Don’t be afraid to contact your child’s favourite author

Does your child love reading and writing?

Do you encourage your children to write?

Do you know how to inspire and assist your child with their writing?

There really is so much more to writing than putting pen to paper. Writing requires thought, intention, planning and skill, and it is for these reasons that writers and artists have my full admiration.

As a teacher I had a Mary-Poppins bag full of ideas to inspire and prompt creative writing, but I don’t believe any trick can work as well as speaking to professional authors.

Don’t be afraid to contact authors and illustrators. Chances are they’ll be blushing with pride if you do.

Contacting authors and illustrators will:

  • Help your child develop a deeper level of respect for books (they’ll learn how long it takes to create a book and how much work is involved).
  • Possibly incite a love of reading for your child. They’ll be eagerly awaiting the release of every subsequent book once an author or illustrator has made contact with them.
  • Help you and your child compare and contrast different styles and techniques.
  • Help you and your child develop an insight into what happens behind the scenes of a book’s creation.
  • Help you and your child understand the writing process and what is required. For e.g. inspiration/stimuli, research, planning, purpose and intended audience.

How to make contact with authors and illustrators:

  • Search the internet for their website or blog (We’ve started a list). You may be able to leave a message there or find an email address
  • Send a letter to the publisher of their book
  • Attend their book launches or special author events, and ask them to sign your copy of their book.

Tania McCartney speaks at the launch of her book, Riley and the Dancing Lion. Photo by Red Instead

What do you say to them?

  • Ask questions about their book (e.g. the story, the characters etc.).
  • Ask questions to help you find out more about them as a person (e.g. their interests and likes).
  • Ask them about how and where they work, and how they learned to write or illustrate.
  • Tell them how much you love their books and stories.

Some examples:


We feel like we’ve been contacted by a superstar when an author or illustrator makes contact with us . I can almost guarantee that you and your children will be feeling on top of the world when you receive a special reply from your favourite author and illustrator too.

With what we do here at My Little Bookcase we’ve been lucky to correspond with a number of talented people. These responses have been some of our highlights:

  • We contacted Mem Fox when we began My Little Bookcase, and this is the message she sent us. We were feeling a little chuffed at the time.
  • After we emailed Chris Haughton to tell him how much we loved A Bit Lost he sent us a one of the special fair-trade Little Owls he had made through Mahaguthi ‘Craft with a Conscience’. Take a look at the toy here. I wish I could have bottled the look on my daughter’s face when she opened the package. Straight away, she began to re-tell the story of A Bit Lost. It was a priceless moment.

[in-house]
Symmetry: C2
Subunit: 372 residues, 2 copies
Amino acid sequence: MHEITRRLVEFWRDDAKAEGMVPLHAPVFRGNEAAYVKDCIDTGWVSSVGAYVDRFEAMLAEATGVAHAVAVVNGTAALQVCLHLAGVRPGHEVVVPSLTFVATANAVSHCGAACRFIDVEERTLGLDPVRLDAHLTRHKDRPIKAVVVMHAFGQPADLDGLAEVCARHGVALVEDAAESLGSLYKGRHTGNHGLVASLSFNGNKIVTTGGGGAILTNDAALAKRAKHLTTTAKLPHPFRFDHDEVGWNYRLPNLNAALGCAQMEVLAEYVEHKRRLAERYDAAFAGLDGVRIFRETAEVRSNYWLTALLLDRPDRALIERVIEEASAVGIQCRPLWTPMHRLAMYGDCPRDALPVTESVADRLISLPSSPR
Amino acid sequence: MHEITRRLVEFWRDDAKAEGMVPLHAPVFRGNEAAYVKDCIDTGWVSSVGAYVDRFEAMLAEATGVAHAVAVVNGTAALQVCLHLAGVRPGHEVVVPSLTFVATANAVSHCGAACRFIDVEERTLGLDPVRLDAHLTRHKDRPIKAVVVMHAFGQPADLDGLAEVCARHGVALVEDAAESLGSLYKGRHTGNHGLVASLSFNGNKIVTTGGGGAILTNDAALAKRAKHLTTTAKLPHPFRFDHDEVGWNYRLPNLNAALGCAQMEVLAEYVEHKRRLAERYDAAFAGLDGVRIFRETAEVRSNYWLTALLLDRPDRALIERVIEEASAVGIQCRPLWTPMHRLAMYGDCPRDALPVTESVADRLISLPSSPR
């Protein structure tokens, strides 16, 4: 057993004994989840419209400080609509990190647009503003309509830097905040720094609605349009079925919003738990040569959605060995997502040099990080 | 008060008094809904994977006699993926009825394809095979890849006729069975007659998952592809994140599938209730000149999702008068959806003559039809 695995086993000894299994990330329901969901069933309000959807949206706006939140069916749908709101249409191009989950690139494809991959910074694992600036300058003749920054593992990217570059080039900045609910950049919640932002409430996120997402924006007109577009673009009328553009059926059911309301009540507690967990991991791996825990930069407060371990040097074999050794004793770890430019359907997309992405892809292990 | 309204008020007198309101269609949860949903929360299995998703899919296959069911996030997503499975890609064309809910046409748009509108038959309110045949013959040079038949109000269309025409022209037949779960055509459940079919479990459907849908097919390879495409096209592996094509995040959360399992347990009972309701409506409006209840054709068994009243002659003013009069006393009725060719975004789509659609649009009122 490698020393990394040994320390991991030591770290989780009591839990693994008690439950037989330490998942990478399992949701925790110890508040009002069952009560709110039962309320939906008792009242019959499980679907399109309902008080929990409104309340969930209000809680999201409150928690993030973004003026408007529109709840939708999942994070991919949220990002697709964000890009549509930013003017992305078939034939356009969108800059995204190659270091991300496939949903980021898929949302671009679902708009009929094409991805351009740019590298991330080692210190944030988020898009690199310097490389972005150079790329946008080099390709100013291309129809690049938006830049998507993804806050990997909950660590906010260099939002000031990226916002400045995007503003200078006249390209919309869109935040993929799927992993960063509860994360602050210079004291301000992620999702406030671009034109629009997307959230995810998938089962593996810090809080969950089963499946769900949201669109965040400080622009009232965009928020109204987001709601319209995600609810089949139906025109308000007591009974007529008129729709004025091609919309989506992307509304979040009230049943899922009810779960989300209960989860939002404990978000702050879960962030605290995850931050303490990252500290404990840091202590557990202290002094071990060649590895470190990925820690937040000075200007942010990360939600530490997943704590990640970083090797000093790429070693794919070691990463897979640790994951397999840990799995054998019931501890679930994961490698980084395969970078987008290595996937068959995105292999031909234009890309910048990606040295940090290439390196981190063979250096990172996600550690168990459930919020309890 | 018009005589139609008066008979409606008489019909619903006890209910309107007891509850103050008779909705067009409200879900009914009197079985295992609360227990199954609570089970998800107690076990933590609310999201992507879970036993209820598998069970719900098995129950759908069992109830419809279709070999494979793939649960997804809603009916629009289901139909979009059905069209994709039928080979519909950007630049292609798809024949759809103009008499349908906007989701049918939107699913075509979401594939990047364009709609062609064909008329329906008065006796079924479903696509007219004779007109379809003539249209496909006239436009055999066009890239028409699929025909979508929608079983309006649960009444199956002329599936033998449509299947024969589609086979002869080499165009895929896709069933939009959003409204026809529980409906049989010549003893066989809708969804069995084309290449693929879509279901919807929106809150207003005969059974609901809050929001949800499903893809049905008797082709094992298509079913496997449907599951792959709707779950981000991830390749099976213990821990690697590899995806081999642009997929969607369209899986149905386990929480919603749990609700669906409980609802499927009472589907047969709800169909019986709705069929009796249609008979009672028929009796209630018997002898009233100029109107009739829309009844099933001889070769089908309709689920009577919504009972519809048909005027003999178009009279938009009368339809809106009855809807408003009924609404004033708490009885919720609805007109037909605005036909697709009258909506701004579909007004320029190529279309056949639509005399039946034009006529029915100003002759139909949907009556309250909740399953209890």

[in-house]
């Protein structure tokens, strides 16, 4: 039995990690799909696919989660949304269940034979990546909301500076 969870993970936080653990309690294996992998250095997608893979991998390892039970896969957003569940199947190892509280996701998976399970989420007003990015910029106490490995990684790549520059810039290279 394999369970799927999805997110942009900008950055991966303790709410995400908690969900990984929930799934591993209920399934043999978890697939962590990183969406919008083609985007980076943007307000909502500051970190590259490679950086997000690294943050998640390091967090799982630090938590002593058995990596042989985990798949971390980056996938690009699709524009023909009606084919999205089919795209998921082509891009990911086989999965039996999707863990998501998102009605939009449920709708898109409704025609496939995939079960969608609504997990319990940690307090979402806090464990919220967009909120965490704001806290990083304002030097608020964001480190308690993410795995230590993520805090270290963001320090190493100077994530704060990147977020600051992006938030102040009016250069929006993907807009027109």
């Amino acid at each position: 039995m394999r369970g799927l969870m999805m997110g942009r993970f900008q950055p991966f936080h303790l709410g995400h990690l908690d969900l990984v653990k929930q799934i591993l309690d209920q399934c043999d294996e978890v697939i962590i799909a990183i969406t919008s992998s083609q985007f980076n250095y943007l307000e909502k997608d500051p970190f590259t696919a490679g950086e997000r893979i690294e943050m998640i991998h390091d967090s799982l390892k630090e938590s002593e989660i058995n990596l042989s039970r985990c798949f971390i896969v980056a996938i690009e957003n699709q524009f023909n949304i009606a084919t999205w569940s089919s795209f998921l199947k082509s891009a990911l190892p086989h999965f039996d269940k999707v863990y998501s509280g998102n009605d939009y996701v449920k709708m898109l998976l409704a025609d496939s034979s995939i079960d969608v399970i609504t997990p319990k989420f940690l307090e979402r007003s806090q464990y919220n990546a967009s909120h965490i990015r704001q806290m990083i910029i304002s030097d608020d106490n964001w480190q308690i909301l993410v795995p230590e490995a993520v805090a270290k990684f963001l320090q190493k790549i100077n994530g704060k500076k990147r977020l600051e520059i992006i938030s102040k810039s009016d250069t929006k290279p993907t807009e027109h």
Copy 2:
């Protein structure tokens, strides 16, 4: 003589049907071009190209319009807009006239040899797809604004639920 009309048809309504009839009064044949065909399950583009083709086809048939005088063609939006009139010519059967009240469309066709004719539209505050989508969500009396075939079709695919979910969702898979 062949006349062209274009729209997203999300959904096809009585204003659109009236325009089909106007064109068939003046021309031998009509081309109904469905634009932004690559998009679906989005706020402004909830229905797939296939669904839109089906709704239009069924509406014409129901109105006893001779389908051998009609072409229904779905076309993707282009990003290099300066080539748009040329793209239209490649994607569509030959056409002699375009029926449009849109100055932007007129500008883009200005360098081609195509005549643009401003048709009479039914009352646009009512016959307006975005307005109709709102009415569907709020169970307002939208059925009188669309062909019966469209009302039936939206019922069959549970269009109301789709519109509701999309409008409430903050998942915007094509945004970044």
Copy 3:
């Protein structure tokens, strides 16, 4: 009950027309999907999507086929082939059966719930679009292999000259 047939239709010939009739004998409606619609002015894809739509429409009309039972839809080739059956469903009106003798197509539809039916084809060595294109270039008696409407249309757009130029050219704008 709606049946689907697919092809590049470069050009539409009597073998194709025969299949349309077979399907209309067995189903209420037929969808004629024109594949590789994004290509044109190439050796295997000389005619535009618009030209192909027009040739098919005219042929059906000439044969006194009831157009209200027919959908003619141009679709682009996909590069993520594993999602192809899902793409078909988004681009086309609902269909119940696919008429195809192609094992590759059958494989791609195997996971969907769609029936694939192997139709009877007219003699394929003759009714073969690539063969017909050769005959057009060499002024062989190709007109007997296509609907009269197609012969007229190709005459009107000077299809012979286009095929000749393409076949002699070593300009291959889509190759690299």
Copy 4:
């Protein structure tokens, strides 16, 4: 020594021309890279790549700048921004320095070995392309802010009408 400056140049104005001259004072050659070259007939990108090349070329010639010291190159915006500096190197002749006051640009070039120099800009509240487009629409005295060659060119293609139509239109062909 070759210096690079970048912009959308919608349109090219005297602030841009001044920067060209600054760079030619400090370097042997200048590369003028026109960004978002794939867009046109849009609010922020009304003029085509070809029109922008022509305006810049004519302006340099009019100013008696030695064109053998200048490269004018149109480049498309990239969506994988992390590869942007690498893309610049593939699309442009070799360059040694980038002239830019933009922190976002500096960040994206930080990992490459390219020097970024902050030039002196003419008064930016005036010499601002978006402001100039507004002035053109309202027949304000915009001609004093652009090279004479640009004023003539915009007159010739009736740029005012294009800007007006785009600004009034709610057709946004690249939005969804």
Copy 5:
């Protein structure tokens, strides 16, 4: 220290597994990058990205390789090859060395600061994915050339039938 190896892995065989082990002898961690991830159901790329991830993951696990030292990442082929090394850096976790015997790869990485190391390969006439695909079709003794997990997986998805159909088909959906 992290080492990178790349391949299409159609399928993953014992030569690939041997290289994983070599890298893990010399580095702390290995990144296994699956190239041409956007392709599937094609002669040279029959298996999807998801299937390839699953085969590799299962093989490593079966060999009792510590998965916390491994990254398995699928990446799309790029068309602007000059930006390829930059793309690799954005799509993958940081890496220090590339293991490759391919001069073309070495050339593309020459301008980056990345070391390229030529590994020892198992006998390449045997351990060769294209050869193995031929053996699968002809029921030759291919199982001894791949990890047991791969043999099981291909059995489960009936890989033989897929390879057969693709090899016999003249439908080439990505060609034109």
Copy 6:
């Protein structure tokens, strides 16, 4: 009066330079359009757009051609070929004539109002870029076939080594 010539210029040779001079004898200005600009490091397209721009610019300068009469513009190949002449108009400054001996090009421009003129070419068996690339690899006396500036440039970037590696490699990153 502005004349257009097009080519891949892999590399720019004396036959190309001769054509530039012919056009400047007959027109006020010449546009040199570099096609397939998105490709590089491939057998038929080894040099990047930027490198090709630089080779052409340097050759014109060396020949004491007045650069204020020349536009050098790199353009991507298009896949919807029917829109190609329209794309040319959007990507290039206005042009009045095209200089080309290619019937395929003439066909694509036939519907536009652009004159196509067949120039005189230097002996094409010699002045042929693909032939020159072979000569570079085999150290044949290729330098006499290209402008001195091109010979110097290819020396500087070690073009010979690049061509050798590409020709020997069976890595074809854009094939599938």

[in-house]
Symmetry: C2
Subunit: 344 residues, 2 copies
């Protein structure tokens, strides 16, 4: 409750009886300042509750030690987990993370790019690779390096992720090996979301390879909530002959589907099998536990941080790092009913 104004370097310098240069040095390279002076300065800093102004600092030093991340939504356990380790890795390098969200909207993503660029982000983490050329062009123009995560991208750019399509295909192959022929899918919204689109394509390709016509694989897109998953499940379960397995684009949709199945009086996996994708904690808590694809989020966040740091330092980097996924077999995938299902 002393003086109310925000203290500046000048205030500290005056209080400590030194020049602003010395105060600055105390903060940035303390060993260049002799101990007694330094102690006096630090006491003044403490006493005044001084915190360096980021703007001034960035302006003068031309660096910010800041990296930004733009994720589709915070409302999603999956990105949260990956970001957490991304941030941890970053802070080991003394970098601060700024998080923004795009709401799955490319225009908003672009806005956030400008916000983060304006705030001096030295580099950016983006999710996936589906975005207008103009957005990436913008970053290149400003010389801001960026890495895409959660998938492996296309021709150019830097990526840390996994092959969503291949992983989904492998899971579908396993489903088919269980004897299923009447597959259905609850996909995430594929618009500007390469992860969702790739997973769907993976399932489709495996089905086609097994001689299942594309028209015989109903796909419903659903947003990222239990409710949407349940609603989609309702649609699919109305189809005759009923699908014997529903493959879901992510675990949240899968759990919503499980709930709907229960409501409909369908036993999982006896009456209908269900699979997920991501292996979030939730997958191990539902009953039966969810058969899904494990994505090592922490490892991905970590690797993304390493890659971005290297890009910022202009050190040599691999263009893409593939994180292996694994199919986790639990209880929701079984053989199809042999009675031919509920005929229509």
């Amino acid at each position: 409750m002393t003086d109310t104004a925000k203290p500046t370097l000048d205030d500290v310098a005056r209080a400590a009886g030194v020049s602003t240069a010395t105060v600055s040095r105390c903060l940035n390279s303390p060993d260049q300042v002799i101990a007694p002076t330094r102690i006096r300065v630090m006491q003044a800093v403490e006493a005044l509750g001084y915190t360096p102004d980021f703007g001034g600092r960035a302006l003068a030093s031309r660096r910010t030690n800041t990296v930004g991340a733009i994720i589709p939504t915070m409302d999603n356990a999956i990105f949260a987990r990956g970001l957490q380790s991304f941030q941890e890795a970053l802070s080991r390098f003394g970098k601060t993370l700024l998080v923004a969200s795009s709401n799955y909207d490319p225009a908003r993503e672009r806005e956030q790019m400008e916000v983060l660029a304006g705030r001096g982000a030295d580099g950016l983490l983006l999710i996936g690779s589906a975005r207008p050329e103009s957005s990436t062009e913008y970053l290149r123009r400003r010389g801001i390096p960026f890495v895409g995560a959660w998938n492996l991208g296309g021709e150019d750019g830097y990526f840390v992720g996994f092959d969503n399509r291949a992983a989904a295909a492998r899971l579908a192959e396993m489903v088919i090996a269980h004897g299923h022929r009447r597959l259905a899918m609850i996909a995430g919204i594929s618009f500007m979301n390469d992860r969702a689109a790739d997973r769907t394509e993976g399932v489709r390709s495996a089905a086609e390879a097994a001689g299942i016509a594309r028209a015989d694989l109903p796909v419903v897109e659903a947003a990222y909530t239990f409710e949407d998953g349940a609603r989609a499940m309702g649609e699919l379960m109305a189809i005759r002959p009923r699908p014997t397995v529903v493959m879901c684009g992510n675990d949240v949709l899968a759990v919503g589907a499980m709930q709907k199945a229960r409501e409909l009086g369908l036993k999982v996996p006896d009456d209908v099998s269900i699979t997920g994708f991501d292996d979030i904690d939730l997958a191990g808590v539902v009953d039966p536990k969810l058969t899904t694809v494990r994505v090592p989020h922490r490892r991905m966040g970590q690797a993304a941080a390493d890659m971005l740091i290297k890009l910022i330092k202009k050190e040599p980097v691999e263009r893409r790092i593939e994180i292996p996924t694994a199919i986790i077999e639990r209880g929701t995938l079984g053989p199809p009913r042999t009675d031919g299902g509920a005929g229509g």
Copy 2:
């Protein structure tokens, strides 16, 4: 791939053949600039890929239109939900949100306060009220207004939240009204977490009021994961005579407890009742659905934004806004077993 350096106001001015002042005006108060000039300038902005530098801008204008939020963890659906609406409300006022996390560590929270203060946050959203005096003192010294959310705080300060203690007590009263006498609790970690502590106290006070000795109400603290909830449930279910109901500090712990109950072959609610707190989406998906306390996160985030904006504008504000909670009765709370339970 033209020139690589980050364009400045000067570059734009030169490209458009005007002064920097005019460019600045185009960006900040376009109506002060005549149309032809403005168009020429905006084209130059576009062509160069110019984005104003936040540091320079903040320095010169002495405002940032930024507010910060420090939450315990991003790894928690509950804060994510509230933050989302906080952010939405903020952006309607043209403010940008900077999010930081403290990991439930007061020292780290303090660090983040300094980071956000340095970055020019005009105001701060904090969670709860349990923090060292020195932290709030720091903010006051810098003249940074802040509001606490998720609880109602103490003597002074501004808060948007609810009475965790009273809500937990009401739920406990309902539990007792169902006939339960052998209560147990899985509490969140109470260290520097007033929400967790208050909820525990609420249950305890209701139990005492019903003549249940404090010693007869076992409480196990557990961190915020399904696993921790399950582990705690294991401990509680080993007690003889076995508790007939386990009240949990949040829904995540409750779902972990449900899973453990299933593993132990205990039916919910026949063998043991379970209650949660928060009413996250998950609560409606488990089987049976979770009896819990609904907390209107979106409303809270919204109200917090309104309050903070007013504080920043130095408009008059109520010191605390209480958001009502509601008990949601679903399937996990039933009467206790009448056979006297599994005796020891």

• It’s also nice to hear from authors who have read our review of their work. When Jon Klassen contacted us with answers to our blog tour interview questions he also let us know that he found our review of his book insightful. That felt good.
  • We’ve got a date to meet Tania McCartney for coffee and cake when she visits Melbourne later this month. What starts with an email can sometimes result in a friendship.

So, what’s stopping you? Contact your favourite author today.

Don’t be afraid to contact your child’s favourite author


  1. I was just discussing this with another author the other day. A lot of us don’t get as much fan mail as people think we do. Unless you’re talking about household names, many authors rarely hear from fans, but they do enjoy questions about their work.
    Now that I’ve opened the floodgates and sent a flood of emails to all my fellow authors, I’ll get on with my next novel ;-)

  2. What a great idea. Will have to do this… So hoping we get to catch Oliver Jeffers when he is in town.

    • We’re hoping so too. Starting with a local author though will possibly give you a better chance of a response. Although I hear Mr. Jeffers is pretty good at returning emails. Why not send him an email inviting him to Melbourne when he visits Oz and NZ?

  3. This is a great idea, I think I will encourage my oldest to write to some of his favourite authors. My whole life I often wanted to write to favourite authors but never had the confidence too. I love that they have blogs, Facebook pages and are on twitter these days. Makes them much more approachable! I have had some interesting conversations with authors in these ways. I love going to writers festivals and meeting authors and hearing them speak! So inspiring! My biggest blogging thrill to date was when Kate Forsyth commented on my review of her picture book I Am

    • It’s funny that we hesitate in contacting authors isn’t it? I’m glad you’ve finally started interacting with some.

  4. We’re reading Dr. Seuss in class this term so I will see if we can compile a class email to send in, though I didn’t see a link on his wewbsite? They would love to do it as I know they love his books! They have brought nearly all of them in!!!

  5. We’ve been trying to figure out a way of getting in touch with Graeme Base for a long while now, but haven’t found an address to send it to. Can you help, please?

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